5. Stain of Mind, Diabolus in Musica
This is one of their albums that doesn’t get mentioned too often, but this track is great. This sees the band blasting all sorts of religion and and hypocrisy of being judged by those who seek to cleanse you. Jeff H. also really does a great job here of having a guitar part that is as hard hitting as the lyrics are. There are songs that make your head bounce joyously for the dark side, and this, at Number five, is very much one of them.
4. Disciple, God Hates Us All
The intro that comes before this song is amazing and a perfect buildup for the album, but this song is even more awesome. It starts with a huge crash, and from then on out we’re in for hell bent metal at it’s best and most evil. This was the first Slayer album I ever bought for myself, but having heard the other records i knew what to expect. Even that though, didn’t prepare me. the album is sometimes overlooked, but I think it’s an unfair slight. Slayer kills it on this record, and this track starts everything off in the right way. Sadly, the record was released on 9-11, so it laid a dark tone over the record release, for obvious reasons.
3. Angel of Death, Reign in Blood
An “Angel of Death” is something I think we’ve all thought was following us at some point or another, but to hear to Tom Araya tell it, it’s a force of nature that has overtaken or attempted to overtake souls for centuries. Tales of patient torture, Nazi death camps, and serial killer Ed Gein are just some of the dark deeds spoken of in this amazing track, but I feel like it’s used to indicate the sometimes unrelenting need for human beings to destroy the world around them. Even beyond that though, the music is superior. The guitar solo rounding out the song is at a breakneck pace, and the kick drum solo briefly derails the solo and the forms into one big glorious noise monster.
2. War Ensemble, Seasons in the Abyss
This song, in and of itself, was made for the brutalities of war. I was going to highlight some choice lyrics, but with this song is nearly impossible. All of the verses are chosen to show the beast that is modern warfare. The best one’s though, without a doubt are the rallying cries “War Support” that run through the song. When you hear the song it’s very easy to picture those old black and white videos and images of the war crimes and battles we’ve all seen for decades as part of the evening news, but it really does go hand in hand with the kick ass song.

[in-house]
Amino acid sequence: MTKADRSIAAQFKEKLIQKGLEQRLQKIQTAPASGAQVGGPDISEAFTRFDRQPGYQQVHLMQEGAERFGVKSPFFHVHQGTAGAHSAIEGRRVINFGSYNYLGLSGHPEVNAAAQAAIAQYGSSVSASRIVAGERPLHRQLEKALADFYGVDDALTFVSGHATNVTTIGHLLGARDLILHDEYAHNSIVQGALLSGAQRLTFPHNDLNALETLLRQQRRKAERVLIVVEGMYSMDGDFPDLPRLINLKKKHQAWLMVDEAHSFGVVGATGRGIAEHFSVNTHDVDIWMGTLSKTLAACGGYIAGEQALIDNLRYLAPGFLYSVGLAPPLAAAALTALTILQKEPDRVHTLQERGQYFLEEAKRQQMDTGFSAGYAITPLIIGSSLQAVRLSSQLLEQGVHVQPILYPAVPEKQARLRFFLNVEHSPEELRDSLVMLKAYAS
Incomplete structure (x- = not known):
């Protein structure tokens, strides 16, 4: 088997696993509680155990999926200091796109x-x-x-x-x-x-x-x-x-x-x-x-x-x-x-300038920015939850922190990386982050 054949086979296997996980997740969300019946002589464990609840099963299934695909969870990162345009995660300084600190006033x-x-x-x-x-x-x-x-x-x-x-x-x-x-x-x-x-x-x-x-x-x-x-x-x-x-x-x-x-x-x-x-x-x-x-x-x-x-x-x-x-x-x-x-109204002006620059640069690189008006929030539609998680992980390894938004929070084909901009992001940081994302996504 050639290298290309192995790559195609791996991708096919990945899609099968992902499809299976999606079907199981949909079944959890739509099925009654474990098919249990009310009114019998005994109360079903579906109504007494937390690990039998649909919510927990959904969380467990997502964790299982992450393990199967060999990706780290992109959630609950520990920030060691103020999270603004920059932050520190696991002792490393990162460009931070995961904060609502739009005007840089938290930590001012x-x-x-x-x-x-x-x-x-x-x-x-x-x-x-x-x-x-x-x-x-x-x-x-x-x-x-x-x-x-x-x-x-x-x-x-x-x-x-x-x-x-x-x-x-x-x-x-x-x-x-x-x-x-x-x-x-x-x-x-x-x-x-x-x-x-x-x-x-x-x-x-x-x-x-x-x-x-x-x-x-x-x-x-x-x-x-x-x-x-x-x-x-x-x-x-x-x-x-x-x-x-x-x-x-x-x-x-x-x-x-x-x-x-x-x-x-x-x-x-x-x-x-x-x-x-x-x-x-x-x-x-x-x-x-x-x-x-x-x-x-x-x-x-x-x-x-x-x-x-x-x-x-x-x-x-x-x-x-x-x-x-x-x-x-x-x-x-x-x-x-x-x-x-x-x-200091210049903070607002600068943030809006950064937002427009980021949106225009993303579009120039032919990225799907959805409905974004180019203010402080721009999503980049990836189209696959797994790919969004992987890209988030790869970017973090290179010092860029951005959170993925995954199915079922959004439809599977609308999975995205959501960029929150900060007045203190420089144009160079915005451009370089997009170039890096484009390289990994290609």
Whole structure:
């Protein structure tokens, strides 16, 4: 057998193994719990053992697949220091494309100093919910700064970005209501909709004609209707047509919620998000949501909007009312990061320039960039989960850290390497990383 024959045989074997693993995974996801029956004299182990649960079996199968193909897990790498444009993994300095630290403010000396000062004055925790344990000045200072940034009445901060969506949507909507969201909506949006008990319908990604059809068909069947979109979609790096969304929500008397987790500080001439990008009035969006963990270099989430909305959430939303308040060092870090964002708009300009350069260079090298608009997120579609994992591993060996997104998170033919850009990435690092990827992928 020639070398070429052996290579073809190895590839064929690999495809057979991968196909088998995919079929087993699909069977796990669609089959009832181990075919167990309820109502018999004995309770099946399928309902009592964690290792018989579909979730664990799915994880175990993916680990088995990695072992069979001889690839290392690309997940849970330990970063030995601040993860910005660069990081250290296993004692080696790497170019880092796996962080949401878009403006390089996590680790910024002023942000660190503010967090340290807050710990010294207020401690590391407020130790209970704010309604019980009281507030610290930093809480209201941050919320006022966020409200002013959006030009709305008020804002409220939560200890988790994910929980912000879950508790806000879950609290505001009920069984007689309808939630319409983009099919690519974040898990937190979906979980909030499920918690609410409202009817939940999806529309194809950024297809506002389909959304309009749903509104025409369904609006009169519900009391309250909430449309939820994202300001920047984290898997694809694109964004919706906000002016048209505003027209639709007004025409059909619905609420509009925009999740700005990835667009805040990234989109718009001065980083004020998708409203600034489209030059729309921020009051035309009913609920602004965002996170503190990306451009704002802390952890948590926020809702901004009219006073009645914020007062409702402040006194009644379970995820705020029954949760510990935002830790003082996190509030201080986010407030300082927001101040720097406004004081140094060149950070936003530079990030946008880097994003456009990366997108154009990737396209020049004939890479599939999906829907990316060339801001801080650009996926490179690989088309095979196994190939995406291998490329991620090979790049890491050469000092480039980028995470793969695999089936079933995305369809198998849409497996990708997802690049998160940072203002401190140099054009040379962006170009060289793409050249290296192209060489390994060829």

1. Raining Blood, Reign in Blood
Certain songs are just obvious number ones, and this is one of them. There’s no better Slayer song than the masterpiece that is “Raining Blood.” The song begins with darkness, thunder, and imposing evil. Then, all hell breaks loose when the guitar begins, and before long, the whole band is running for it’s musical life to a pace that would make most bands half their age call it quits. I was fortunate enough to have seen this band quite a few times, and this is always the highlight. They’ve even been known to rain blood over the stage from time to time. What i wouldn’t give to see that. The song, even when not discussing the band directly, is mentioned as one of the best heavy metal tracks of all time. For me, it’s up there with Metallica’s “One” as one of the greatest metal tracks of the eighties, and for good reason. Number one on the Top Ten Slayer songs, the gloriously menacing “Raining Blood.”
Landon Murray is a published writer and an avid lover of music, books and films. He's also a lover of the New Orleans Saints. He was born in 1982 and has a chainsaw tattoo on his arm.